Manuscript TypeSet PoeticTS Trans.1 Trans.2 Trans.3 Glossary Home

Translation One Manuscript Section 1a

lines 1-17

The Wanderer 

Translated by Robert E. Diamond

(Lines 1-18)

Often the solitary dweller awaits favor for himself, the mercy

of the Lord, although he, anxious in spirit, has long been

obliged to stir with his hands (i.e., row?) the ice-cold (lit.

frost-cold) sea over the path of the waters, to travel the paths

of exile. (5b) Fate is utterly inexorable (lit. resolute).

(6) So spoke the wanderer, mindful of hardships, of cruel

slaughters, of the death of beloved kinsmen: Often alone each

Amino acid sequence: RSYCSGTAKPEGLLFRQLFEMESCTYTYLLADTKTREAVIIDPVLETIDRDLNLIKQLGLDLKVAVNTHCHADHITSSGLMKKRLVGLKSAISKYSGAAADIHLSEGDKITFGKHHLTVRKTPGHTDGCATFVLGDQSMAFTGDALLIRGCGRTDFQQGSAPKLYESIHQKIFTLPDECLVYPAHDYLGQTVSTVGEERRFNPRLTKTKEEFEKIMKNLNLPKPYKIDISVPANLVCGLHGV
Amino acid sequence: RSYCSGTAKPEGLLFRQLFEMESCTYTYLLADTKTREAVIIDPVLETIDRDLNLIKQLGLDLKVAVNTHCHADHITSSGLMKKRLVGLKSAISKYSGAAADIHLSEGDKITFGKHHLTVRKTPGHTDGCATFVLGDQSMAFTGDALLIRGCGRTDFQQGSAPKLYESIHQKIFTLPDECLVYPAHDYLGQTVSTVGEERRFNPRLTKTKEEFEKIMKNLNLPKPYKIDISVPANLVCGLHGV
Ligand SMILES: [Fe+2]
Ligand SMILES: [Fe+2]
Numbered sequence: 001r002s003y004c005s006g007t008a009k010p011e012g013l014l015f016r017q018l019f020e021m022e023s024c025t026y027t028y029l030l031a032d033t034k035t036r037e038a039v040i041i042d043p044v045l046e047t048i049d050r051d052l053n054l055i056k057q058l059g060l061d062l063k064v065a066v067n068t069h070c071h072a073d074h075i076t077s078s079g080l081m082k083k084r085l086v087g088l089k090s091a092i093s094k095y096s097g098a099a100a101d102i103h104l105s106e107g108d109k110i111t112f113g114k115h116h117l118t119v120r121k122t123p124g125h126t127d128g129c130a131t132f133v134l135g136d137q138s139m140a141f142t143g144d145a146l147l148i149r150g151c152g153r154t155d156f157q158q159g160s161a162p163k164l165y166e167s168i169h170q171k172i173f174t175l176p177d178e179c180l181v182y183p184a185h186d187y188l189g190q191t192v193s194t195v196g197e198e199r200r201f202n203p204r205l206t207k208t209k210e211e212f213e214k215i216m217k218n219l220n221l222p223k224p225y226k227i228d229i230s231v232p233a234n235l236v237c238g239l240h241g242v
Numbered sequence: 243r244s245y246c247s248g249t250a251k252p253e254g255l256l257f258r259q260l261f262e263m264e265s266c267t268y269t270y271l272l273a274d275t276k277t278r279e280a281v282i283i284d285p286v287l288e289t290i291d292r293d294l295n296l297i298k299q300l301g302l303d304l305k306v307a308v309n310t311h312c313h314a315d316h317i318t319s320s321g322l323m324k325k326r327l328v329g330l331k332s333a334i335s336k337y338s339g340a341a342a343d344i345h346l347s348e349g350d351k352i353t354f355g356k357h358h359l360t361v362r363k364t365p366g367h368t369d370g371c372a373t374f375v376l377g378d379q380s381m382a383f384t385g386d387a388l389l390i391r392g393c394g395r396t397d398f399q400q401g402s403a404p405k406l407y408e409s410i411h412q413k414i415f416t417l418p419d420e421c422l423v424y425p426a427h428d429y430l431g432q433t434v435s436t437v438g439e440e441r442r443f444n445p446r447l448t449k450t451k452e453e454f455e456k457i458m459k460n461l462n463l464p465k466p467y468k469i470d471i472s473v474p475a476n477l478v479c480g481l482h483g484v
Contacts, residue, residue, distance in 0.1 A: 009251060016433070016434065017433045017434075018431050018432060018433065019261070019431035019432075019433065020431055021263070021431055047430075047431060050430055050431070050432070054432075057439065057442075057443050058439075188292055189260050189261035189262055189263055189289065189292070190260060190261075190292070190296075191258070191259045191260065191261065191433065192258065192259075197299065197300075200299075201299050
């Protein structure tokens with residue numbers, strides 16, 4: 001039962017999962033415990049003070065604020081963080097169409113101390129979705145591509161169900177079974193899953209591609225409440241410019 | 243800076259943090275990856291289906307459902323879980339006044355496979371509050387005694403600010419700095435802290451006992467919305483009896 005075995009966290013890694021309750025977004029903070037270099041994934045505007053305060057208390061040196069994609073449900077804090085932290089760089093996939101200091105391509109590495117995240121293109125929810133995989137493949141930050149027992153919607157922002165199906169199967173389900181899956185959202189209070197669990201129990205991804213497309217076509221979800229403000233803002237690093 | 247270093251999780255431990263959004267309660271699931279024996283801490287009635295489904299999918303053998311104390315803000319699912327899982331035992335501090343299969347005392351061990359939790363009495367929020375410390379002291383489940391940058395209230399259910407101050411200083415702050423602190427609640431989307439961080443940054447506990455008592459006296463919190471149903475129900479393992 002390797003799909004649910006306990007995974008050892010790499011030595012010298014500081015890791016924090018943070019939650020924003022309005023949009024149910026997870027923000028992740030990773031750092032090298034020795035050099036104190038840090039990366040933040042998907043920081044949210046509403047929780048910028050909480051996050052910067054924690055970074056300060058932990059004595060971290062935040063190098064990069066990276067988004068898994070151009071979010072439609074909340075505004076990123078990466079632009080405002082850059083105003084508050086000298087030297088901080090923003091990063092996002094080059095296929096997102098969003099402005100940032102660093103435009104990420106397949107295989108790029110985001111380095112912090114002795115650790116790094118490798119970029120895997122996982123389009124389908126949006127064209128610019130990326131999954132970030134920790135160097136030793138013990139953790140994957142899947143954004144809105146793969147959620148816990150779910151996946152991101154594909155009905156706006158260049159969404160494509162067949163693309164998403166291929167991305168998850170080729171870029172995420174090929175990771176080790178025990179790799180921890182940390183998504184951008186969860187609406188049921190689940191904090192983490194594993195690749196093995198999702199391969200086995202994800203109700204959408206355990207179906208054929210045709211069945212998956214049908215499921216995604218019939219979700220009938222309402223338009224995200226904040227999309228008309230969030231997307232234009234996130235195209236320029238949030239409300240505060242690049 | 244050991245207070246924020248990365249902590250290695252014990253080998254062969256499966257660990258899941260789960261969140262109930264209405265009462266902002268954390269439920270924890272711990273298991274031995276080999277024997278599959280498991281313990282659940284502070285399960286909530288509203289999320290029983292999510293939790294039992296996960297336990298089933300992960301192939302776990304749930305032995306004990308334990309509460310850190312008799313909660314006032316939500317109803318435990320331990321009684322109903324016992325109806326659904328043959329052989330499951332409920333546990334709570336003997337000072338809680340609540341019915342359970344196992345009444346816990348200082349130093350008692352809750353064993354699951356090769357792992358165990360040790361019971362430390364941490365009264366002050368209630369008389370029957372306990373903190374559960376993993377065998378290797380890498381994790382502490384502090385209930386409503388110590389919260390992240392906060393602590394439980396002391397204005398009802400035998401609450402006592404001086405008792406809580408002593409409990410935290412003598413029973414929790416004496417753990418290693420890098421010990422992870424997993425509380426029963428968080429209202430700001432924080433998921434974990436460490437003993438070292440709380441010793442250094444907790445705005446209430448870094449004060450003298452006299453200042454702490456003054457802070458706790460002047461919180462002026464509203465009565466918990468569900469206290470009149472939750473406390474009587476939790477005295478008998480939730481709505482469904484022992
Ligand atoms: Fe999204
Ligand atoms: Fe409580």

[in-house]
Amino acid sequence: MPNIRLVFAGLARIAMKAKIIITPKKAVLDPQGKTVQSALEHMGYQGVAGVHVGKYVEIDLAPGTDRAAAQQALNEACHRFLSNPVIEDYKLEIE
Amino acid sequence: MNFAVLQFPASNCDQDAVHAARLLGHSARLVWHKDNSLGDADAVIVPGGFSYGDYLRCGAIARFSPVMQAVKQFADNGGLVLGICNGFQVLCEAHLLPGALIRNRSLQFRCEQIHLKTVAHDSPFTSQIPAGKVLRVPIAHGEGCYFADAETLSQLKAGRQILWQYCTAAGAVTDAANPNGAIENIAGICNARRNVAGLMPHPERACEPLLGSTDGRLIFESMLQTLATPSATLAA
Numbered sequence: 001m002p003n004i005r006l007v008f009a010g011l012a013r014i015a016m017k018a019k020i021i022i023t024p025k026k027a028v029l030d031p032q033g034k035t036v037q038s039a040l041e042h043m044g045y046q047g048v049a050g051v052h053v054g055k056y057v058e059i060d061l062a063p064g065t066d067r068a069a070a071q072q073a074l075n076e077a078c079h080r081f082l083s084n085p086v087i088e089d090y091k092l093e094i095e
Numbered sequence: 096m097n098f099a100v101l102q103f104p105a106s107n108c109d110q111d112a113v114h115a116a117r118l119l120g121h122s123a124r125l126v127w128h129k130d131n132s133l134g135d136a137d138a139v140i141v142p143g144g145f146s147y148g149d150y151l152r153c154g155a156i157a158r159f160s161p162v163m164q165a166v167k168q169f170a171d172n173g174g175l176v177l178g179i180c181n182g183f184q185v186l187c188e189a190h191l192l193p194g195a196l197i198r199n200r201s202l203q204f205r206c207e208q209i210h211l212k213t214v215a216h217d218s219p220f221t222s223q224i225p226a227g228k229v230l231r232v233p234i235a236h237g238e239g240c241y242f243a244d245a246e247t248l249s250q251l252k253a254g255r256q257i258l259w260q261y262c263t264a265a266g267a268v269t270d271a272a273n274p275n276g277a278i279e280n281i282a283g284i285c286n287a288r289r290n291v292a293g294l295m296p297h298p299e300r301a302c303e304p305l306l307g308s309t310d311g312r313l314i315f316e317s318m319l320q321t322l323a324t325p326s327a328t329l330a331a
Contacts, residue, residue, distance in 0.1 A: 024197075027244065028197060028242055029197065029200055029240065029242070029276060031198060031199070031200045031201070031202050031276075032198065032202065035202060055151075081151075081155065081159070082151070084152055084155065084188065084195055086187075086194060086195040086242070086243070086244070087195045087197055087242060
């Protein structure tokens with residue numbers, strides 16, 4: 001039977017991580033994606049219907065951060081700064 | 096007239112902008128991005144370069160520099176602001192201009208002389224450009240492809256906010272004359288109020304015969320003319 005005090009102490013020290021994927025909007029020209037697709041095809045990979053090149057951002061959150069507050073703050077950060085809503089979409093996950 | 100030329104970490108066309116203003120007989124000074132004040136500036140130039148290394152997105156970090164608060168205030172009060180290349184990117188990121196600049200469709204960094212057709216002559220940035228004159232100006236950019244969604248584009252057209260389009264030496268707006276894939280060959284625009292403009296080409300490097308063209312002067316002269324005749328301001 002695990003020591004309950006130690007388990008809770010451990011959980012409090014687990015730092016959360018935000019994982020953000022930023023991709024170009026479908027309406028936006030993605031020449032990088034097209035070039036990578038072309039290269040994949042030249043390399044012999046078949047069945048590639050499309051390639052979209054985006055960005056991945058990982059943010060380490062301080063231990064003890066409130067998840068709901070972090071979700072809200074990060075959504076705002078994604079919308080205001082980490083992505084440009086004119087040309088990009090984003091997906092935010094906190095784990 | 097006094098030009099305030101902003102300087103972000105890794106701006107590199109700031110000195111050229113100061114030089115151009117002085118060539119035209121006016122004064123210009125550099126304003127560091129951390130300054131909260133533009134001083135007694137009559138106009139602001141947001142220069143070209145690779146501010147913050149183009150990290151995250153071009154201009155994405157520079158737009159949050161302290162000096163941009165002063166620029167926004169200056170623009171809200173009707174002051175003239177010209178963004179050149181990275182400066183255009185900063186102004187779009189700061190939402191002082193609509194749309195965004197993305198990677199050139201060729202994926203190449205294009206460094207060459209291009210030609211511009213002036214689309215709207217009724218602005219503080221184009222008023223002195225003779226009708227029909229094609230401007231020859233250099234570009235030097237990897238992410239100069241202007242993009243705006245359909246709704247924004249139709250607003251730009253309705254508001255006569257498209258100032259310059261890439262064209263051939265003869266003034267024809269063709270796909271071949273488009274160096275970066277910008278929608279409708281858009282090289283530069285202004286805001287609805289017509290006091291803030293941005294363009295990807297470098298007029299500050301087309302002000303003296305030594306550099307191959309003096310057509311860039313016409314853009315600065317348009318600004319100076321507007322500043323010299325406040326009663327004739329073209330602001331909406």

dawn I have had to bewail my sorrows; there is not now any

one living (lit. none of the living) to whom I dare speak my

mind openly. (11b) In truth I know that (it) is a very noble

custom in a man that he should bind fast his mind, guard the

treasury of his heart, let him think as he will. (15) (One)

weary in spirit cannot resist fate nor (can) the troubled

thought afford consolation ( lit. perform help ); therefore

(those) eager for glorious reputation often bind fast in their

hearts a gloomy (thought).

Here are links to the individual pages of Translation One.

Page 1a Page 1b Page 2a Page 2b Page 3a Page 3b Page 4a Page 4b

Below are links to other pages about Manuscript Page 1a

Manuscript 1a Type Set 1a Poetry 1a Trans. 1  1a Trans. 2  1a Trans. 3  1a